A little over 12 years ago, I met this young man eager to make it in the music industry.
One day, a motley entourage of Black men, pushing some blond dreadlocked artist, walked into my office looking for an entertainment attorney.
At the center of this mass of Black men was an R&B singer named Don Conner.
In addition to Don, there was a ‘manager’ whose name escapes me (but claimed he was behind numerous successful boy groups), and a ‘money guy’ named Isaac Morgan.
A few other non-descript hanger-onners rounded out the posse and filled up my (then) small office.
And the very back of the office, sat Chris.
Mr. Manager started jabbering about how talented Don was, and how he was the next Jaheim.
Money Morgan talked about the distribution agreement they were ‘just about’ to sign, and the need to make sure that they had all their ‘paperwork’ in order.
Don said he simply wanted to sing and to ensure that his people were ‘taken care of.’
Their mouths moved a lot during that meeting, but very little was actually said.
The person who spoke the loudest to me, never opened his mouth.
That was Chris.
The entire meeting, he sat in the back of the room, listening, clearly taking it all in.
When the talking heads stopped, Mr. Manager-whose-name-I-can’t-remember got up and assured me that we were ‘going to do business.’
Mr. Money promised to follow up, once they had ‘things in place.’
The various hangers-onners gave pounds, head nods or blank stares as the entourage filed out of the room.
Chris politely shook my hand, and joined the large moving mass of Black men making their way out of my Montclair office.
Needless to say, nothing ever became of Don Conner.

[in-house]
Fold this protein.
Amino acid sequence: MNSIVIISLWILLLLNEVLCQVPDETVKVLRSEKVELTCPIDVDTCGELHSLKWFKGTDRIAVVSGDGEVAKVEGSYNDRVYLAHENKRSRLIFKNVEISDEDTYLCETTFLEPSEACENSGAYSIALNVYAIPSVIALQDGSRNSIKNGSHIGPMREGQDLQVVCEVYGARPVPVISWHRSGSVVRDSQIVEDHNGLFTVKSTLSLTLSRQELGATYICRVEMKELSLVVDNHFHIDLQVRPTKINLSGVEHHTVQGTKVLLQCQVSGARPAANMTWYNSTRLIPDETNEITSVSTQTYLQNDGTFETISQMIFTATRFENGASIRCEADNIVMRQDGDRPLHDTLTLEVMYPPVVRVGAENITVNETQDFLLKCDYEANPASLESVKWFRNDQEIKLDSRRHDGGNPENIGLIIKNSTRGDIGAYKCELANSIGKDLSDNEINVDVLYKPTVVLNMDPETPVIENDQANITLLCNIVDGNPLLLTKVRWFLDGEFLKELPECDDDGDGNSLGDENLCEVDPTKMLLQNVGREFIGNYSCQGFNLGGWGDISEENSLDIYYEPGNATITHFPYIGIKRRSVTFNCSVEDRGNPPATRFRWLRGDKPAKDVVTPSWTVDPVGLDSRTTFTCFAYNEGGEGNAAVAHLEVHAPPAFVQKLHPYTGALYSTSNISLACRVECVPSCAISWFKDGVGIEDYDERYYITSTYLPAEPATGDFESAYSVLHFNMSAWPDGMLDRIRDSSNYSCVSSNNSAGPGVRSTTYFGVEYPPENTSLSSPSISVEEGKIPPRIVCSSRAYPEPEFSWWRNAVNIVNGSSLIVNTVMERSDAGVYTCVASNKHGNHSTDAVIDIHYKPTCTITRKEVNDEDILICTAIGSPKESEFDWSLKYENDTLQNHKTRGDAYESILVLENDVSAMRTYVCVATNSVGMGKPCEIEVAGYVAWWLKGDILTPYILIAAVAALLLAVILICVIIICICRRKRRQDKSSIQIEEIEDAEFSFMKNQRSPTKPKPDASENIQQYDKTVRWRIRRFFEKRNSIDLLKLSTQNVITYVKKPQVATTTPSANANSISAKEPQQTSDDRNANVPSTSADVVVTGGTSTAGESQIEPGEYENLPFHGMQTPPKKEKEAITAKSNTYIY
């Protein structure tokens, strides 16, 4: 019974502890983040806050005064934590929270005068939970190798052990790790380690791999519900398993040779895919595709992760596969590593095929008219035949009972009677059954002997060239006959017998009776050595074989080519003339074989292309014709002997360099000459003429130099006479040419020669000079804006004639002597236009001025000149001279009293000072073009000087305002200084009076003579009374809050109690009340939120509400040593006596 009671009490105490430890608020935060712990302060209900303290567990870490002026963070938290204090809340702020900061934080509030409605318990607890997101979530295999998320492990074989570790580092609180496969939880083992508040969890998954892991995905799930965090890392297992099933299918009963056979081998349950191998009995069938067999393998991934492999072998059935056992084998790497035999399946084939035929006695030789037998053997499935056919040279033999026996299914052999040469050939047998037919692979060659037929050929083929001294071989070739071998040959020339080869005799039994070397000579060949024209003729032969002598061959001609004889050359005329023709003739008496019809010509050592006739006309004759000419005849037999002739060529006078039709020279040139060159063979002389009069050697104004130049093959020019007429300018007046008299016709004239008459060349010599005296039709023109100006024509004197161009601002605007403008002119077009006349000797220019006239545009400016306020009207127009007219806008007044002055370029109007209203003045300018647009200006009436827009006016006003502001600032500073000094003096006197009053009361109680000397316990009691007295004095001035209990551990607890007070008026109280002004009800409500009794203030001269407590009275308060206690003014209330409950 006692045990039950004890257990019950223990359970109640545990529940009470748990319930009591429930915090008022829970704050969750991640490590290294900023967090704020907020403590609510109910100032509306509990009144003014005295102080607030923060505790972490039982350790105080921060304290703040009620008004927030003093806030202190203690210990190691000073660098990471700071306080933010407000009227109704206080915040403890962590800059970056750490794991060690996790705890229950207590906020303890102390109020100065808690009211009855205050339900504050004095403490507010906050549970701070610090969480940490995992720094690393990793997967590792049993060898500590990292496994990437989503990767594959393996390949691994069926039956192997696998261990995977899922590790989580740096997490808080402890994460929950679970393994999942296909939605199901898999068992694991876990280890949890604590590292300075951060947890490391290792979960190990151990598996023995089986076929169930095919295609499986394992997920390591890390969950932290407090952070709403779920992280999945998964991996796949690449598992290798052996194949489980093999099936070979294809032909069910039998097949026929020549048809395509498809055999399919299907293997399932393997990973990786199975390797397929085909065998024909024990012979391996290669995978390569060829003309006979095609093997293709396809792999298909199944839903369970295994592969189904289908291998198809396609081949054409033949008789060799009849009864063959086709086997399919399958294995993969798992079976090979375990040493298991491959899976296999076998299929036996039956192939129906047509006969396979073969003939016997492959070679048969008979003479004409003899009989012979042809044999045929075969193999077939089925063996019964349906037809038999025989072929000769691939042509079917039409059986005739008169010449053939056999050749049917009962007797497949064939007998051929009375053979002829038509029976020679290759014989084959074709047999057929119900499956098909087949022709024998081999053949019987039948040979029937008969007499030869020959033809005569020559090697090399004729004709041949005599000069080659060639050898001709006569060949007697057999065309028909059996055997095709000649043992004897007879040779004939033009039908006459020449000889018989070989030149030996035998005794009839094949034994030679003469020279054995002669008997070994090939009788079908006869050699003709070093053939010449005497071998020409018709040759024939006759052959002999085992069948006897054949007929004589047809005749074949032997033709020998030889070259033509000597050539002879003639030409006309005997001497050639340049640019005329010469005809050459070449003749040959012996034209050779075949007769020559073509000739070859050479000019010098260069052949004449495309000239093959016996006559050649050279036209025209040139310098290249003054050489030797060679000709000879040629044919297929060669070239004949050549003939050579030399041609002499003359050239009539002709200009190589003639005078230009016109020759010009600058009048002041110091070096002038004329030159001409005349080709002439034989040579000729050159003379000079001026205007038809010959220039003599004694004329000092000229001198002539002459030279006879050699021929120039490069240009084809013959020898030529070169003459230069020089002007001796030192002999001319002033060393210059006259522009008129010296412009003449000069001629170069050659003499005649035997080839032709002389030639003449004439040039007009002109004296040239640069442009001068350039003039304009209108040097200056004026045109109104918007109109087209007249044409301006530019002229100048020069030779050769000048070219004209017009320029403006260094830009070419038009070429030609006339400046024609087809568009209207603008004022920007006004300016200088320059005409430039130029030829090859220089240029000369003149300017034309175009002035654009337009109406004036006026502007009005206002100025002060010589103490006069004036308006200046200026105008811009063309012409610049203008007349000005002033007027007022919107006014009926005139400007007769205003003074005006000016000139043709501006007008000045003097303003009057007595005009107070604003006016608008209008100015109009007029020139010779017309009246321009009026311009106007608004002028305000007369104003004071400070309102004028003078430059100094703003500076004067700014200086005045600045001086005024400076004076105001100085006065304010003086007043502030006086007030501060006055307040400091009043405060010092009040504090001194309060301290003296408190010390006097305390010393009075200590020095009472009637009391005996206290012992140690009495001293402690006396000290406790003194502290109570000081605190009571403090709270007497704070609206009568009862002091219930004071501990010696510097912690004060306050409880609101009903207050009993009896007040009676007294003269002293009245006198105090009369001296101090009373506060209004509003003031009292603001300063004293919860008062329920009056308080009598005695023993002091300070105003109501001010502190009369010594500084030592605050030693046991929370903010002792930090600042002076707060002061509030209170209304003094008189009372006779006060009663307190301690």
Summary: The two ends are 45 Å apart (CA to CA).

Turns out he was already being managed, under a production contract with a distribution agreement in place to deliver six records.
A few years later, who should walk into my office, but Chris.
There was no motley entourage or talking heads.
Just Chris, solo.
This time, he came to ask for my advice on the best way to make it in the music industry.
Since that day he visited my office those many years ago, he remembered our initial meeting.
I impressed him as someone who shot straight, even if I said things that you didn’t want to hear.
We spoke at length about all the things he had done to this date, including working in Whitney Houston’s camp, promoting independent artists and hosting parties, along with waiting tables and going to school.
He told me that he had a passion for music and felt that God had given him the gift of an ‘ear.’
He could hear a hit instantly. We’ll talk about this platinum ear in at length in another post.
Although I felt his ‘ear’ was immaterial at the time, he impressed me as an individual with singular purpose and drive.
It was clear that he had experience in production, management, and promotion.
And had a hustler’s get-it-done-at-all-costs mentality, which was impressive for someone so young.
I told him that he was on the right path, because he was seeking out knowledge and advice from people in the industry.
The only thing I felt he was missing from his repertoire, was an understanding of the business side of the industry.
The music industry is a business, first and foremost.
And without the ability to understand the rights, liabilities and obligations of the respective parties to transactions, you were simply spinning your wheels.
So I gave him an internship.
A few years later, we started a management company.
Got our first publishing deal.
Fast forward to 2010, and Chris is one of the youngest and most successful A&R’s in the music industry.
After a three year stint as Senior A&R pop at Virgin/Capitol Records, he is now Sylvia Rhone‘s most recent executive acquisition at Universal/Motown, charged with giving the label a pop presence.
For the guy who A&R’d Joss Stone, found Katy Perry, Stacie Orrico (and many more) he’s up to the task.
Check out Christian TV.
I’ve skipped over some of the juicy bits of Chris’ rise to fame.
But that’s for another time.